Children of Lebanon
Realizing Children’s Rights in Lebanon
Lebanon has been rebuilding itself since the violent conflicts that erupted there at the end of the 20th century. The well-being of children has largely been undermined by these geopolitical circumstances, although it is slowly improving. Lebanon still has a long way to go to reach an ideal situation, with full protection of the rights of children.
Realization of Children’s Rights Index: 8,07 /10
Population: 4,1 million
Life expectancy: 80 years
Main problems faced by children in Lebanon:
Almost 30% of the Lebanese population lives below the poverty line. Considerable social inequalities exist in this country, mostly because of the recent conflicts. For example, the top 5% of the population controls 95% of the wealth.
Unfortunately, this level of poverty denies children their rights, notably by preventing them from attending school or forcing them to work before the legal age.
About 10% of children in Lebanon do not attend school. For the others, the quality of education and of school buildings leaves much to be desired, in spite of the country’s recent efforts. Because of this, there is a gap between schooling and employment: many young people who finish school are unemployed and do not have access to more technical careers.
The armed conflict at the end of the 20th century caused the destruction of numerous schools and had enormous repercussions on the quality of education in Lebanon. The country has not yet fully rebuilt itself, and the war caused damage which is still affecting the Lebanese educational system.
The situation in Lebanon may not be the most serious in the region, but about 7% of children are still forced to work to help out their families. Many boys and young men work in agriculture, in metalworking, or in factories. The working conditions are harsh and inhumane, and the children work themselves to death for a paltry salary. Lebanon has signed the ILO (International Labor Organization) Convention on Child Labor, but it has insufficient methods to enforce the text’s clauses and put them into law.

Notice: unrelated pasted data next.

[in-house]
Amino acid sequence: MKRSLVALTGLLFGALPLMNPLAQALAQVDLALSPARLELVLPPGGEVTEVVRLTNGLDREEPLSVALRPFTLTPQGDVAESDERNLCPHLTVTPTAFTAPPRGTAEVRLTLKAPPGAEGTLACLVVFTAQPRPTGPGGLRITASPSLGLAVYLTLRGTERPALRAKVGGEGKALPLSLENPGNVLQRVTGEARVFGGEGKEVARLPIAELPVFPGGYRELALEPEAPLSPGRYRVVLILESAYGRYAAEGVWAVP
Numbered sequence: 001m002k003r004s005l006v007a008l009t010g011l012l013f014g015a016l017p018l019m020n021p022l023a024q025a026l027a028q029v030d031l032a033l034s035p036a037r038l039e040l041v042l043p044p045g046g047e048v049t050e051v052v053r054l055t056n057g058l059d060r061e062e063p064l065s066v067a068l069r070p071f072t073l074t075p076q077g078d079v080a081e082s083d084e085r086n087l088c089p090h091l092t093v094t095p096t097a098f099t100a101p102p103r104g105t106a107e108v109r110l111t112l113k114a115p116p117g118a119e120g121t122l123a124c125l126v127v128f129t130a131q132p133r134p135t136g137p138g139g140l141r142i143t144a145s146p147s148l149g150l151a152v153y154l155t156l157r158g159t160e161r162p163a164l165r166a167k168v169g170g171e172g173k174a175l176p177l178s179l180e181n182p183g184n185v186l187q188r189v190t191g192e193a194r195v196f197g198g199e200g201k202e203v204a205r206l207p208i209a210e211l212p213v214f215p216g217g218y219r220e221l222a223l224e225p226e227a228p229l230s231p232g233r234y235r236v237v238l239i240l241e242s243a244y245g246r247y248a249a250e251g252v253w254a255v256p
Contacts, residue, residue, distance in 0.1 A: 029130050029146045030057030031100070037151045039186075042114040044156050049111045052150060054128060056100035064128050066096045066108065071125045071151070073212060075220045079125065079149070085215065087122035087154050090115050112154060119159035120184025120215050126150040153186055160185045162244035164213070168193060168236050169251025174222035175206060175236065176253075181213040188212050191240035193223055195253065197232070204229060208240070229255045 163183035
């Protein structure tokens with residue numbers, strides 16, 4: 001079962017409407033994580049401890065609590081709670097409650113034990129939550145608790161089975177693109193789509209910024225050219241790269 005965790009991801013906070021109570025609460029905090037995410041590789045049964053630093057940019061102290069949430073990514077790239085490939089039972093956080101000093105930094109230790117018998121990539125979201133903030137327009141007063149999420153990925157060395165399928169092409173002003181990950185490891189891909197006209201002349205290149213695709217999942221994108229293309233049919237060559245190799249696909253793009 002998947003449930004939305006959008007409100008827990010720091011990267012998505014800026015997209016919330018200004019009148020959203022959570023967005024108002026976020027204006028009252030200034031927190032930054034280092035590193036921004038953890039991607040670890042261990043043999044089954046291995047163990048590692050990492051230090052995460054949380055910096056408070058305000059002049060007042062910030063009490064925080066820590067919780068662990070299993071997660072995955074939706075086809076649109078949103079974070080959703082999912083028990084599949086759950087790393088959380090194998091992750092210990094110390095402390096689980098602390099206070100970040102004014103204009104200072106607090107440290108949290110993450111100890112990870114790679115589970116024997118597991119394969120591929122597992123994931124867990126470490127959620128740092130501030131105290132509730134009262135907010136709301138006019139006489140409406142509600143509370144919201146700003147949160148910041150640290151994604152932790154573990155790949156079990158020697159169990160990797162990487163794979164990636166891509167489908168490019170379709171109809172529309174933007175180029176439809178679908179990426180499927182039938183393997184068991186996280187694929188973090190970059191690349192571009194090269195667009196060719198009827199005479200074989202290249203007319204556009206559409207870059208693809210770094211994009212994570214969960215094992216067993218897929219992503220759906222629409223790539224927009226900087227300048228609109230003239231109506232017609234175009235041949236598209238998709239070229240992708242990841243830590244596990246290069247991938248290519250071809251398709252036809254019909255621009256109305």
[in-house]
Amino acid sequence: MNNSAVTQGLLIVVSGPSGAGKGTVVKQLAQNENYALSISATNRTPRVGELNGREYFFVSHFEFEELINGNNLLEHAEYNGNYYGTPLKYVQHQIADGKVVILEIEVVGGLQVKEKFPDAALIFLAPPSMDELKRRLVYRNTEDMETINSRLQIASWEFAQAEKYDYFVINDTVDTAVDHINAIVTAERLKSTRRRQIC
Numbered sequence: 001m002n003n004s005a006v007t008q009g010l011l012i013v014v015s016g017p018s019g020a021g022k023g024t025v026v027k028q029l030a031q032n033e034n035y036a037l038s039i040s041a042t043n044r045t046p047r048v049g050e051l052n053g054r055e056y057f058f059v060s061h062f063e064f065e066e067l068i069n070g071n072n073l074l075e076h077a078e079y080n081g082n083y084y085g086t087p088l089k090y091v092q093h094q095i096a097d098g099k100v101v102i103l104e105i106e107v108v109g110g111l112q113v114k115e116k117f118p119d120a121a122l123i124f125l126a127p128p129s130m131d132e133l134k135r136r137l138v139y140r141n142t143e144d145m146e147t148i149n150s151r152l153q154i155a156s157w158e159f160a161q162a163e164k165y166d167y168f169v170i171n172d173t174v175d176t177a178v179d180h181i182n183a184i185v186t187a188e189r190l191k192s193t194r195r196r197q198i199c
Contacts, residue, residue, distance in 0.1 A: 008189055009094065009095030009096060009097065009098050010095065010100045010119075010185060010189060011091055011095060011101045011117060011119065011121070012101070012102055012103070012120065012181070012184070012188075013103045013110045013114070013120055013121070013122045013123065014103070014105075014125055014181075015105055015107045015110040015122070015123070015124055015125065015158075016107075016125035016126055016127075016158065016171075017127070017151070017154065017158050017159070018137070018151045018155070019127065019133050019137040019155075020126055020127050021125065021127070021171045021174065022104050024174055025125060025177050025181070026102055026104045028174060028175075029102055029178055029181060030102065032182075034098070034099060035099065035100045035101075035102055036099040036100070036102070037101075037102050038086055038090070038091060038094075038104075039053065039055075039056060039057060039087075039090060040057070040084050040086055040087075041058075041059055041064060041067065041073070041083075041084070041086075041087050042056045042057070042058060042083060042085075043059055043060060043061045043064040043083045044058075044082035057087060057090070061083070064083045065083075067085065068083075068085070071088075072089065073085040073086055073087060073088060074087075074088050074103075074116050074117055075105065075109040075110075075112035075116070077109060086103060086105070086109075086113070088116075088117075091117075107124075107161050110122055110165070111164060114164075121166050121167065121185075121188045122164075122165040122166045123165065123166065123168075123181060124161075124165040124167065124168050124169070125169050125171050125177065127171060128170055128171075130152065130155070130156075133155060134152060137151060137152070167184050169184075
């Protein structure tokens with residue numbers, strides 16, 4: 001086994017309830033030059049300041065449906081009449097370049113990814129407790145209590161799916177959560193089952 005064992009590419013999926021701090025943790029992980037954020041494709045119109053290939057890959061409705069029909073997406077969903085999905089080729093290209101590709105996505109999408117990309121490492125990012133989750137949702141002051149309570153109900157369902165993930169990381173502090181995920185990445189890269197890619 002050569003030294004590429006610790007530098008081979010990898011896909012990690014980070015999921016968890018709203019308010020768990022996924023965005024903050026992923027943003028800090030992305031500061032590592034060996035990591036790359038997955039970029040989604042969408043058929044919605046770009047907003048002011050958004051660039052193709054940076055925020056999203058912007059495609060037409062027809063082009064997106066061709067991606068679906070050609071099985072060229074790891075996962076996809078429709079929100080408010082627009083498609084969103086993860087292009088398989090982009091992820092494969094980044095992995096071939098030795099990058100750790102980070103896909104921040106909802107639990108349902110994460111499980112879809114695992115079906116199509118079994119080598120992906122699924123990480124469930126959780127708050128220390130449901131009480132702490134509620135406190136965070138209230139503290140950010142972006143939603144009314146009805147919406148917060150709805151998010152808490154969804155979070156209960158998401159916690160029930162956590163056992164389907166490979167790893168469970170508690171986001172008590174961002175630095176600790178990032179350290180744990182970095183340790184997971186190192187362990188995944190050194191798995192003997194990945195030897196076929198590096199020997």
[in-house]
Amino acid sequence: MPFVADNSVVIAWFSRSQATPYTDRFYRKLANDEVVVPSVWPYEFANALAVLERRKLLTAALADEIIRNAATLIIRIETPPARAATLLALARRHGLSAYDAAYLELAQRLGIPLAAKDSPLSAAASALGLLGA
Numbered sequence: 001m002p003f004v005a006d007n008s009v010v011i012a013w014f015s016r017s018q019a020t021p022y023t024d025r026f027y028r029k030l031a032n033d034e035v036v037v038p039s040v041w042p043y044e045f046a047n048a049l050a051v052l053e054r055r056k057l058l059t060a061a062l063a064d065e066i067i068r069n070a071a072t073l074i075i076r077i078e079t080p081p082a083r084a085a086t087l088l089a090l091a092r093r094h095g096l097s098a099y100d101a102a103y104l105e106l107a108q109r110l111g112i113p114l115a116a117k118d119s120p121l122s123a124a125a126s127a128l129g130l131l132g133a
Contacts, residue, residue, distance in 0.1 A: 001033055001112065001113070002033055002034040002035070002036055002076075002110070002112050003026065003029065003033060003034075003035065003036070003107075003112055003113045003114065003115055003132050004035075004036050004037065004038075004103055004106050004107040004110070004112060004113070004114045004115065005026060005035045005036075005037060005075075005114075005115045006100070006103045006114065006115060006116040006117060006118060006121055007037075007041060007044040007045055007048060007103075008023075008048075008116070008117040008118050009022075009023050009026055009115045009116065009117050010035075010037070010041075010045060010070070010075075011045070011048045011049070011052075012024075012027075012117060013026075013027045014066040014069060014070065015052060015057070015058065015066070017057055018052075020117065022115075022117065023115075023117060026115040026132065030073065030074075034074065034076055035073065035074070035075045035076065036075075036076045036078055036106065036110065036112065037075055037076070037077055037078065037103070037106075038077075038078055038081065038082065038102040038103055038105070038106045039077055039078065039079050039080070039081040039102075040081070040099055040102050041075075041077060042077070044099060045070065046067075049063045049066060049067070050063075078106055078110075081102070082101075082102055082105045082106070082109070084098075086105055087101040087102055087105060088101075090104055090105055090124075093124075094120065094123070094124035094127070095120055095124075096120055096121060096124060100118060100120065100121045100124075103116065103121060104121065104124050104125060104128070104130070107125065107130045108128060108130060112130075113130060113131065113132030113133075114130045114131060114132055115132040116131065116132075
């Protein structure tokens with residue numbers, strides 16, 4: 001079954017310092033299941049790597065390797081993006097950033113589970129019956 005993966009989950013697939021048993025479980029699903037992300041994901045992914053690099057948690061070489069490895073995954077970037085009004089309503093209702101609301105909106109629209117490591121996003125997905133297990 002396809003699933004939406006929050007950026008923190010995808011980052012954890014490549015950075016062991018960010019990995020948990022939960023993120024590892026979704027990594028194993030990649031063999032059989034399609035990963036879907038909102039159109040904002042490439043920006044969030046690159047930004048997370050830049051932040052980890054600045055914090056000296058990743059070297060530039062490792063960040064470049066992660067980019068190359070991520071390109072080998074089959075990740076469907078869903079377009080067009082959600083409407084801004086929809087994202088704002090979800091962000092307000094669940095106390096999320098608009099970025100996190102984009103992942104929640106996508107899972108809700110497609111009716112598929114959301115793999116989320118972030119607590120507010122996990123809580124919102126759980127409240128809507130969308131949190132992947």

During the war, many villages did not have access to potable water. Many NGOs have provided resources to help reestablish access to water, but some children in the most remote villages are still not guaranteed drinkable water.
Also, the potable water provided by public works is insufficient. Lebanese must thus resort to private providers, for a fee. These circumstances are not in favor of children, who must make compromises if they want access to water: either work to help pay the private providers, or cut costs in other areas (food, recreation, etc.).
On the subject of marriage:premature and forced marriages are common enough in Lebanon. Between 2000 and 2009, more than 10% of young Lebanese women said they had been married before the age of 18. Girls usually also do not have a say in the choice of their husbands.
Children victims of conflict
In Lebanon, the people showed their anger towards the previous government (and now show the same for the new regime) by taking violence to the streets. Children are especially affected by these riots, as many schools have been forced to close, and there is only a weak protection of children’s security.
The conflicts centering on Lebanon have also led to the separation of many families. Some children find themselves alone, without any news of their relatives.
Lebanon is also the victim of many terrorist attacks. Unfortunately, these attacks usually target public places and affect innocent children.
Lebanon’s geographic location brings many Iraqi, Syrian, and Palestinian refugee families into the country. However, since Lebanon has not ratified the United Nations Convention Relating to the Status of Refugees, the rights of children in such situations are not very well protected. The majority of them live in extreme poverty.
Refugee children are often employed by Lebanese to work in miserable conditions for a shamefully small sum of money. These children can also suffer from serious psychological problems because of the conflicts they have witnessed in their home countries, and Lebanon does not have the resources to address their trauma.
In refugee camps, children often yield to the many dangers because of a lack of protection of their rights. Even if they do have access to school, many do not attend. Domestic violence is also common, and children often turn to drug use for comfort.
In addition, health care access is minimal in these camps. Many NGOs exist to help Lebanese health care professionals, but this is far from enough. Sick children receive little or no care, and there is an abysmal lack of hygiene.
Some Lebanese laws today still discriminate against women, and both women and girls have a different status than their male counterparts.
Lebanon is working on putting some protective measures into place for women and granting some rights to girls, but as no law has yet succeeded in practice, the discrimination continues.
The laws on nationality illustrates this divide perfectly: legally, only the father can pass down his nationality to his children. The mother cannot pass her Lebanese nationality on to her children.
Discrimination against girls also exists in their right to expression. Their opinion is given in silence and barely counts for anything.